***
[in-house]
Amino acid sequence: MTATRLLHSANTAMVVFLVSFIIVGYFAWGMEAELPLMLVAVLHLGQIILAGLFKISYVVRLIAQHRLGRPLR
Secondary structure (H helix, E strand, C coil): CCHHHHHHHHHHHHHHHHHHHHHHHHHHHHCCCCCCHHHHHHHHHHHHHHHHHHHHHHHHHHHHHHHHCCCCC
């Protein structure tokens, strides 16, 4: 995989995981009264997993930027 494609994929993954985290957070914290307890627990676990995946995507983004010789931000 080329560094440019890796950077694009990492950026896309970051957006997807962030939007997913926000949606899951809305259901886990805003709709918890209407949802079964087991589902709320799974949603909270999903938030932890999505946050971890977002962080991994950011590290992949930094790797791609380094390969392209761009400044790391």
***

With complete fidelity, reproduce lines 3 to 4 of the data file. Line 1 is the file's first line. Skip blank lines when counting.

Secondary structure (H helix, E strand, C coil): CCHHHHHHHHHHHHHHHHHHHHHHHHHHHHCCCCCCHHHHHHHHHHHHHHHHHHHHHHHHHHHHHHHHCCCCC
């Protein structure tokens, strides 16, 4: 995989995981009264997993930027 494609994929993954985290957070914290307890627990676990995946995507983004010789931000 080329560094440019890796950077694009990492950026896309970051957006997807962030939007997913926000949606899951809305259901886990805003709709918890209407949802079964087991589902709320799974949603909270999903938030932890999505946050971890977002962080991994950011590290992949930094790797791609380094390969392209761009400044790391």